Paediatr Child Health 2019 May 24;24(2):e66-e73. Epub 2018 Apr 24.
Keenan Research Centre of the Li Ka Shing Knowledge Institute, St Michael's Hospital, Toronto, Ontario.
Objective: To determine the incidence, types of organisms and resistance patterns involved in early-onset neonatal sepsis in Canada.
Study Design: Early-onset neonatal sepsis cases were identified through the Canadian Paediatric Surveillance Program. Neonates were excluded if they were asymptomatic or if intracranial procedures preceded a positive cerebrospinal fluid culture.
Results: One hundred and twenty-seven cases were identified (0.17 cases per 1000 live births). Group B Streptococcus accounted for 41.7%, r 35.4%. Antibiotic resistance was present in 33.9% of all cases. 55.6% of cases were resistant, most commonly to ampicillin. Infecting organism species were associated with gestational age, being very low birth weight, time at sepsis presentation, maternal antibiotic prophylaxis and rupture of membranes lasting over 18 hours. Group B Streptococcus was most common in term and in preterm neonates. Twenty-two per cent of cases presented after 48 hours, compared to 6% of Group B Streptococcus cases.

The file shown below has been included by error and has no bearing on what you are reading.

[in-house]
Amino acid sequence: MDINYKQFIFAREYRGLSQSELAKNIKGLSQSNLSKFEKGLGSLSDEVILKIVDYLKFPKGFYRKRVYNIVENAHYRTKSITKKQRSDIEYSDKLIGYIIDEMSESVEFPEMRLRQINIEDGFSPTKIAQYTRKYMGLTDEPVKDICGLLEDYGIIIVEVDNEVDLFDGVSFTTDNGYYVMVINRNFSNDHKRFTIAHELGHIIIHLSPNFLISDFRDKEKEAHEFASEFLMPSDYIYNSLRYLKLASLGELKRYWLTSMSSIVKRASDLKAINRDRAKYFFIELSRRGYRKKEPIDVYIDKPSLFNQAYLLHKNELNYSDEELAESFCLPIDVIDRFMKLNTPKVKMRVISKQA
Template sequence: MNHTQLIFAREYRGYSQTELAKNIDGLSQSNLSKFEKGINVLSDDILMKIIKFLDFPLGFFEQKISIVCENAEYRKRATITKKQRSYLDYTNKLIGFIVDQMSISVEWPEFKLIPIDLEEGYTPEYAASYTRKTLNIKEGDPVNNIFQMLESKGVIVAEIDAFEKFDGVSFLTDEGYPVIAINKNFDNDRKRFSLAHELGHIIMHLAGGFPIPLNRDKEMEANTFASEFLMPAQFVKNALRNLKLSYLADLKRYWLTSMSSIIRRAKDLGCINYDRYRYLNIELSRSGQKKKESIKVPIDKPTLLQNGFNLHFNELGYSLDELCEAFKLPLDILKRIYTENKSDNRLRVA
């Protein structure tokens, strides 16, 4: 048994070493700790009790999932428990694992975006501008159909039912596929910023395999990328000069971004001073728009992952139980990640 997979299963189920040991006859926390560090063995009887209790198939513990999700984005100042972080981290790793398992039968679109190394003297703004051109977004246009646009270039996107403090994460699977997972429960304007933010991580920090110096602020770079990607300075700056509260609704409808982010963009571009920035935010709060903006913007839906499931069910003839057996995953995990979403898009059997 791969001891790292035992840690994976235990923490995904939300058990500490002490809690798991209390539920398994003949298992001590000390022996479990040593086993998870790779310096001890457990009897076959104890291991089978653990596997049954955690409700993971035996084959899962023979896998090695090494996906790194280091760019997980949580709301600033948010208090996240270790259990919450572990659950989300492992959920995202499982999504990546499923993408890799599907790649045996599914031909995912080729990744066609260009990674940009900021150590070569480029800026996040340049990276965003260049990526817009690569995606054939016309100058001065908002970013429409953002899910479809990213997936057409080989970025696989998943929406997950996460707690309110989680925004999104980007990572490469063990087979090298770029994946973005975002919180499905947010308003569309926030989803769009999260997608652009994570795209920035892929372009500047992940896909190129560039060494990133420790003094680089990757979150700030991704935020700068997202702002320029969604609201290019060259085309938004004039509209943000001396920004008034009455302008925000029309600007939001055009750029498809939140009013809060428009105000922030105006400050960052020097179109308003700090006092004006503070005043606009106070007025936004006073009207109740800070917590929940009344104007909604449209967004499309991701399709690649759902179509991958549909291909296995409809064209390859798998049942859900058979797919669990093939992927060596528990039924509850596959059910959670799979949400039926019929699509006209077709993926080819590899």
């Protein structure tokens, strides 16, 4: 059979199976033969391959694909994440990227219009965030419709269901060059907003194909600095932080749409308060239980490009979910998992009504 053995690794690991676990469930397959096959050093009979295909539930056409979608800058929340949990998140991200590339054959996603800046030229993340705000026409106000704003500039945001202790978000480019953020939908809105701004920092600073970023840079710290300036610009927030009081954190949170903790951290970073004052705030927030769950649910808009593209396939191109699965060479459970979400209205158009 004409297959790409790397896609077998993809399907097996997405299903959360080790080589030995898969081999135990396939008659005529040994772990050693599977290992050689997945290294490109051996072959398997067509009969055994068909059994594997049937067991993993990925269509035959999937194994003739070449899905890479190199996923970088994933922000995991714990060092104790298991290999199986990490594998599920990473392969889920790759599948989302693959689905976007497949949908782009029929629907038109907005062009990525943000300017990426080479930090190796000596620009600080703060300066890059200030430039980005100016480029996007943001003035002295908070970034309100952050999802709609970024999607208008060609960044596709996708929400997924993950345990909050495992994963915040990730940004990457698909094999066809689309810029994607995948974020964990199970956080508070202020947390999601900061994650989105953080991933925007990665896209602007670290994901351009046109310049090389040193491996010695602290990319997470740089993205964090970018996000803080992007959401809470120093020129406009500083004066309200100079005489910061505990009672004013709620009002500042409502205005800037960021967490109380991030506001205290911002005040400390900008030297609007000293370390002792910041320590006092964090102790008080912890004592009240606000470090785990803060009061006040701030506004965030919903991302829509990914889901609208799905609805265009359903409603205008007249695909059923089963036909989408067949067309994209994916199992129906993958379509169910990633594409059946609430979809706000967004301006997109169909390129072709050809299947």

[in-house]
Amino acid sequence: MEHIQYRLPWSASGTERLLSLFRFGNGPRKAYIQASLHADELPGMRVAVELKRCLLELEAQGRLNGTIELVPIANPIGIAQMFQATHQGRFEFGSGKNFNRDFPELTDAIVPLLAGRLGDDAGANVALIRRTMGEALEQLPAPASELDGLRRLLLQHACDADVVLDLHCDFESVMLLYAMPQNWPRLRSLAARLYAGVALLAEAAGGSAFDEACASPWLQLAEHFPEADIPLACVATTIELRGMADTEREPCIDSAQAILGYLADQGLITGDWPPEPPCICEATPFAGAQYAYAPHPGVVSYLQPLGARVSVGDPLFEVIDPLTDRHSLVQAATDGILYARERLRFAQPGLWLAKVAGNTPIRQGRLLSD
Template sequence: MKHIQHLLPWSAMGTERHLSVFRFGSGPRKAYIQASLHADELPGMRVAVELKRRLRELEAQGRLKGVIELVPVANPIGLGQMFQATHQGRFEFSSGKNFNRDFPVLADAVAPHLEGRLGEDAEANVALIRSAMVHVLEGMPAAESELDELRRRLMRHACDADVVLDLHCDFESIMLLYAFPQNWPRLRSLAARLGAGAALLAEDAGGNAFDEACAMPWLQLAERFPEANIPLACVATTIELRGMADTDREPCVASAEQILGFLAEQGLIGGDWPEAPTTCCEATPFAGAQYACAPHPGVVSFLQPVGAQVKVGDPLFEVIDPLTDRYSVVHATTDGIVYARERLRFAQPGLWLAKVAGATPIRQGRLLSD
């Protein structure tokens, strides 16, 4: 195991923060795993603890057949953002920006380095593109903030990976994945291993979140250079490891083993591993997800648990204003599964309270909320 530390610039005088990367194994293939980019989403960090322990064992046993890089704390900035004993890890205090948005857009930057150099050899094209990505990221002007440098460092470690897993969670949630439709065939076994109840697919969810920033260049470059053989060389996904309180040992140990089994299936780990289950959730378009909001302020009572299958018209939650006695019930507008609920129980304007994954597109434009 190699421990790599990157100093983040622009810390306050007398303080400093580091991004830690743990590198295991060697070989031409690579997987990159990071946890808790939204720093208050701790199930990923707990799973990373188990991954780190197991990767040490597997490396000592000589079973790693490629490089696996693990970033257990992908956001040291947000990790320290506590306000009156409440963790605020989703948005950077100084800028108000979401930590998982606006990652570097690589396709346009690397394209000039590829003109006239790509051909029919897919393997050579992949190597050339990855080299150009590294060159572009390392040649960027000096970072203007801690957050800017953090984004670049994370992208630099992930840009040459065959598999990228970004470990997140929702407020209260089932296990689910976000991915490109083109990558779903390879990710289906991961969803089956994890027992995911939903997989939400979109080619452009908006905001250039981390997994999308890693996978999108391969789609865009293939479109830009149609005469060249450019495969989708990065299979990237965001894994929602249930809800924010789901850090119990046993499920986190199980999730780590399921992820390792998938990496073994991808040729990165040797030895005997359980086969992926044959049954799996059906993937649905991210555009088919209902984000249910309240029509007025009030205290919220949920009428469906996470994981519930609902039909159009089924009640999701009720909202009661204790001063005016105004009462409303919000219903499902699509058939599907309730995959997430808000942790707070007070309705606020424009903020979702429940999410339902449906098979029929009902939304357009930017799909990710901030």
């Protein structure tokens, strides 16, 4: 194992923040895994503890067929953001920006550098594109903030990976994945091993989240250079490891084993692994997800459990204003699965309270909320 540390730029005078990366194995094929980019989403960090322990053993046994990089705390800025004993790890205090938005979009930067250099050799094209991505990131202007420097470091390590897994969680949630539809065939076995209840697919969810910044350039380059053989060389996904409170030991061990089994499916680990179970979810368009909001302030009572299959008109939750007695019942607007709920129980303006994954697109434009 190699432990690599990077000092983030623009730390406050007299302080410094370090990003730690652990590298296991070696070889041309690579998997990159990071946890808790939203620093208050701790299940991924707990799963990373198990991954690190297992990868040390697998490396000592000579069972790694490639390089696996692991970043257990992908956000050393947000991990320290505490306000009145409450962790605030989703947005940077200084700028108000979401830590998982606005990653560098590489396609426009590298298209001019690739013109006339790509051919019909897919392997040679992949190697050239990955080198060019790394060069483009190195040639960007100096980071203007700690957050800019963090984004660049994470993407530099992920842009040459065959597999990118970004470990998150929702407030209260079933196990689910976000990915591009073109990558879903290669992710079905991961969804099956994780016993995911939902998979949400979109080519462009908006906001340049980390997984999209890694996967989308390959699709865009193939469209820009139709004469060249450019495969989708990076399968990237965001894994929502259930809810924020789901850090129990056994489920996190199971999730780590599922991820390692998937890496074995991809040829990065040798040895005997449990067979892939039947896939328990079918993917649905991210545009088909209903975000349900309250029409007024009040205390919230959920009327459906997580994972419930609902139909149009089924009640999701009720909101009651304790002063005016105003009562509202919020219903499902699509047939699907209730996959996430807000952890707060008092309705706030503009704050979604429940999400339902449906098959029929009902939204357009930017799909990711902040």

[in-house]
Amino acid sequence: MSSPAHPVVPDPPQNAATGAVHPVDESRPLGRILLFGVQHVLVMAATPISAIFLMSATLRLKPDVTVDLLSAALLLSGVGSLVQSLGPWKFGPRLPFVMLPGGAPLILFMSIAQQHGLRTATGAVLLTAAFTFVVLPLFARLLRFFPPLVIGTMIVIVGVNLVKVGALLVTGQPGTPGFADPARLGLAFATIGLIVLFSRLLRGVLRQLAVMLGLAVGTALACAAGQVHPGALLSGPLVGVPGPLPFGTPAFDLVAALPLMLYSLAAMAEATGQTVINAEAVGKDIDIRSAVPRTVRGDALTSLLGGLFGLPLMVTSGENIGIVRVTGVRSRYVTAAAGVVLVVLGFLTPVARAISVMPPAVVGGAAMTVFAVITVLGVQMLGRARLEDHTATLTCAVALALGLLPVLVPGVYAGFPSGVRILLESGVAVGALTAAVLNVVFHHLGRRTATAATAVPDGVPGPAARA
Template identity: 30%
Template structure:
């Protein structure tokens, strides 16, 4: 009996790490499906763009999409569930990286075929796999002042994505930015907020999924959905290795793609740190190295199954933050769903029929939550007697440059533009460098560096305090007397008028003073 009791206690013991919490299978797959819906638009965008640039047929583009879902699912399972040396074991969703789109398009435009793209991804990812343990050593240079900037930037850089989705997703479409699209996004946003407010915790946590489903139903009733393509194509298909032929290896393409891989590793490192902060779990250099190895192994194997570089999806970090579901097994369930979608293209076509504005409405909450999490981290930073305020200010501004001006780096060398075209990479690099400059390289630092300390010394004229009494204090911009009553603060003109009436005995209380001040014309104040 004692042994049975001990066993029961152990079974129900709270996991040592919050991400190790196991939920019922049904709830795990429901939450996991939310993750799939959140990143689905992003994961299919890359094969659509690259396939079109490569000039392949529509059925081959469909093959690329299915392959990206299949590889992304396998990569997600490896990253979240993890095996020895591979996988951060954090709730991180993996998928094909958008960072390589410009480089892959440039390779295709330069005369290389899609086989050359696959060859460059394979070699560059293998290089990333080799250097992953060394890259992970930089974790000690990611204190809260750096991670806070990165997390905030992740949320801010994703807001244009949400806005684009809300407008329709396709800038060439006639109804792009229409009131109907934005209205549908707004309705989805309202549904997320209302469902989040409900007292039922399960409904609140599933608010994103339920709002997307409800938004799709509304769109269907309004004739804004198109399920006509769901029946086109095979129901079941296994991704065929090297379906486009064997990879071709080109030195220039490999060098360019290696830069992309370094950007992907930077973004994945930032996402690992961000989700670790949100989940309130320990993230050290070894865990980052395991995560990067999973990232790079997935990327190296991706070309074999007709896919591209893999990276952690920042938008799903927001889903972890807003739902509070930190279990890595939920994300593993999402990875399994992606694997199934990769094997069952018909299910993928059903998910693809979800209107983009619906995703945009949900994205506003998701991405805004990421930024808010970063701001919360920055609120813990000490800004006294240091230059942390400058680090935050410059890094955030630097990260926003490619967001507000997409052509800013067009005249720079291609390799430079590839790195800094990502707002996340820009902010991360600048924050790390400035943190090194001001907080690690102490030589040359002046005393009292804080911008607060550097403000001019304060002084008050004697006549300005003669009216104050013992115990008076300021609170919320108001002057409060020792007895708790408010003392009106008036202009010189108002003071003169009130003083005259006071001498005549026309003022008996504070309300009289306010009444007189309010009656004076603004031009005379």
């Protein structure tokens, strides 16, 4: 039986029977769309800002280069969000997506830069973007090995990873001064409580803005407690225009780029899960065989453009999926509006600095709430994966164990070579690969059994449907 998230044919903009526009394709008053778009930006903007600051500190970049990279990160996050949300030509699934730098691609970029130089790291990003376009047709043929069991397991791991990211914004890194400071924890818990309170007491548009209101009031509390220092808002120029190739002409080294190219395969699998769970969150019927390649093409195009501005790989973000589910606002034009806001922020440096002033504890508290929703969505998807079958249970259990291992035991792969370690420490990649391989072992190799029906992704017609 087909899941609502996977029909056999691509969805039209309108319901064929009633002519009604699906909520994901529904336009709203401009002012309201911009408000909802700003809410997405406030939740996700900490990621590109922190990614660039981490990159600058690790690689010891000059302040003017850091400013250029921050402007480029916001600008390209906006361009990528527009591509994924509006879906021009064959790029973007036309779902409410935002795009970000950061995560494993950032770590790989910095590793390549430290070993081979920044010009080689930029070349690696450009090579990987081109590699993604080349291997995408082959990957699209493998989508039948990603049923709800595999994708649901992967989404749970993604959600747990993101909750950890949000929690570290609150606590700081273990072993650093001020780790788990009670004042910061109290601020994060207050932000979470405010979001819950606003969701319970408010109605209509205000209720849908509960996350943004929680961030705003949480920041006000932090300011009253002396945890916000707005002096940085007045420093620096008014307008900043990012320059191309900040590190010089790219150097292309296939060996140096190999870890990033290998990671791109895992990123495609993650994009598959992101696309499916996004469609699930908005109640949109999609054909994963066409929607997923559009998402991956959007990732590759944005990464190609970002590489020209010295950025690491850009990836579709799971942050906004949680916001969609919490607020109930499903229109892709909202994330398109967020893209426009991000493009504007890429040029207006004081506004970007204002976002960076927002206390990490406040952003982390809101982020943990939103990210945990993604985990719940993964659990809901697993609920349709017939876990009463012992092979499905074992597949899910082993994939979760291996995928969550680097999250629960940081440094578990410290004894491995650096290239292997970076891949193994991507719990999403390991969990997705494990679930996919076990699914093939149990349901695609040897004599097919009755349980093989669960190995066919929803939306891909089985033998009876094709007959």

Conclusion: We identify a lower rate of early-onset neonatal sepsis than historically suggested, with differing dominant organisms based on gestational ages and other factors, as well as high rates of resistance especially among cases.
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